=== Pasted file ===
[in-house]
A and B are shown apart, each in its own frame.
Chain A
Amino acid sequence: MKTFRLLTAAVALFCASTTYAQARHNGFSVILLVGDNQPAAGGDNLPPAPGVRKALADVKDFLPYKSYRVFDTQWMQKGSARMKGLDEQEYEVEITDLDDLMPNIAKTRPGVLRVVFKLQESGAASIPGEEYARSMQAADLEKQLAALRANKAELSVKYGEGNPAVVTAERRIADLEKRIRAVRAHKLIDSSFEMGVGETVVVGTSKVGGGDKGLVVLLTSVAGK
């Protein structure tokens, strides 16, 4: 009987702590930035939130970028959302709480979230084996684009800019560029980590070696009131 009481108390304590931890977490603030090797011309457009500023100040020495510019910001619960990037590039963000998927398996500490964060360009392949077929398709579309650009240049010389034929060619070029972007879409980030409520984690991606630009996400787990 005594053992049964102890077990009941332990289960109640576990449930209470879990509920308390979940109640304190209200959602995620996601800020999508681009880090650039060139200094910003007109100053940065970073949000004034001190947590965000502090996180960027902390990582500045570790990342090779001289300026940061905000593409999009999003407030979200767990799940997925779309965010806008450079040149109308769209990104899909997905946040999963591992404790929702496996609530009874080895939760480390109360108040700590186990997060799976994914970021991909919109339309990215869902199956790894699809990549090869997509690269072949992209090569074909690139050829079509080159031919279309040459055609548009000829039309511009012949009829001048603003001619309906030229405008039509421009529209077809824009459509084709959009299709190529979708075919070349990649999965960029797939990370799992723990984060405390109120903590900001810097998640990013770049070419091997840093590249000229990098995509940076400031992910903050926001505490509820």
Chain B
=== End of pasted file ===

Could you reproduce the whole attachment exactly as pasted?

[in-house]
A and B are shown apart, each in its own frame.
Chain A
Amino acid sequence: MKTFRLLTAAVALFCASTTYAQARHNGFSVILLVGDNQPAAGGDNLPPAPGVRKALADVKDFLPYKSYRVFDTQWMQKGSARMKGLDEQEYEVEITDLDDLMPNIAKTRPGVLRVVFKLQESGAASIPGEEYARSMQAADLEKQLAALRANKAELSVKYGEGNPAVVTAERRIADLEKRIRAVRAHKLIDSSFEMGVGETVVVGTSKVGGGDKGLVVLLTSVAGK
């Protein structure tokens, strides 16, 4: 009987702590930035939130970028959302709480979230084996684009800019560029980590070696009131 009481108390304590931890977490603030090797011309457009500023100040020495510019910001619960990037590039963000998927398996500490964060360009392949077929398709579309650009240049010389034929060619070029972007879409980030409520984690991606630009996400787990 005594053992049964102890077990009941332990289960109640576990449930209470879990509920308390979940109640304190209200959602995620996601800020999508681009880090650039060139200094910003007109100053940065970073949000004034001190947590965000502090996180960027902390990582500045570790990342090779001289300026940061905000593409999009999003407030979200767990799940997925779309965010806008450079040149109308769209990104899909997905946040999963591992404790929702496996609530009874080895939760480390109360108040700590186990997060799976994914970021991909919109339309990215869902199956790894699809990549090869997509690269072949992209090569074909690139050829079509080159031919279309040459055609548009000829039309511009012949009829001048603003001619309906030229405008039509421009529209077809824009459509084709959009299709190529979708075919070349990649999965960029797939990370799992723990984060405390109120903590900001810097998640990013770049070419091997840093590249000229990098995509940076400031992910903050926001505490509820």
Chain B